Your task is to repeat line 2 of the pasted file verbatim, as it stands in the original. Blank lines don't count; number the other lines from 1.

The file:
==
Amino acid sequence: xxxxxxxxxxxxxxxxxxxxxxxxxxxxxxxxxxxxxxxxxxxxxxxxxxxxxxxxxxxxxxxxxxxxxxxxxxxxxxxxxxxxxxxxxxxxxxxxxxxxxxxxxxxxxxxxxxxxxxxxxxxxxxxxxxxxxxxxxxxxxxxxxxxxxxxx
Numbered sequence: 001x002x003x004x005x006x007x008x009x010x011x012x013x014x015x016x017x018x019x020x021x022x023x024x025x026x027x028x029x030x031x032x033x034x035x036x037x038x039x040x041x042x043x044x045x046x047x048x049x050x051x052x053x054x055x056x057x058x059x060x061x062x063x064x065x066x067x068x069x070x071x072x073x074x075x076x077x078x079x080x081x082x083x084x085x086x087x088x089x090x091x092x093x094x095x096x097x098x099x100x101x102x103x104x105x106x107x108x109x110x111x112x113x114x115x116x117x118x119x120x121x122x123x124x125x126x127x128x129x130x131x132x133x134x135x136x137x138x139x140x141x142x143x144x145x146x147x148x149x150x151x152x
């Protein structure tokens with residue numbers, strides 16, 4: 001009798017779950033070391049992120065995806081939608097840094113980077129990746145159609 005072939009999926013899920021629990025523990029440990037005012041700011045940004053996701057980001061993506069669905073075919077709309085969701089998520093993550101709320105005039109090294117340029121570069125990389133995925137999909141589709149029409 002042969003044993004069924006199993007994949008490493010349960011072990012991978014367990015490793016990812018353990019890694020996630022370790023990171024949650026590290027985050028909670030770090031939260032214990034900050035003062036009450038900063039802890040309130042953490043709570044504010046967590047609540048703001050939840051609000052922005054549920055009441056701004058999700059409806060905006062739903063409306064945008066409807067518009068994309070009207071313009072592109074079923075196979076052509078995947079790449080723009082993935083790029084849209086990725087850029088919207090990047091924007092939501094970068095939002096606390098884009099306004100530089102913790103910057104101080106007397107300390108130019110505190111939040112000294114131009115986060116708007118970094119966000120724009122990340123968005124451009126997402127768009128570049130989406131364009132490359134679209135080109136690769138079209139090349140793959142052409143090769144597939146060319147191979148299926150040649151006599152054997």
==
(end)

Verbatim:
Numbered sequence: 001x002x003x004x005x006x007x008x009x010x011x012x013x014x015x016x017x018x019x020x021x022x023x024x025x026x027x028x029x030x031x032x033x034x035x036x037x038x039x040x041x042x043x044x045x046x047x048x049x050x051x052x053x054x055x056x057x058x059x060x061x062x063x064x065x066x067x068x069x070x071x072x073x074x075x076x077x078x079x080x081x082x083x084x085x086x087x088x089x090x091x092x093x094x095x096x097x098x099x100x101x102x103x104x105x106x107x108x109x110x111x112x113x114x115x116x117x118x119x120x121x122x123x124x125x126x127x128x129x130x131x132x133x134x135x136x137x138x139x140x141x142x143x144x145x146x147x148x149x150x151x152x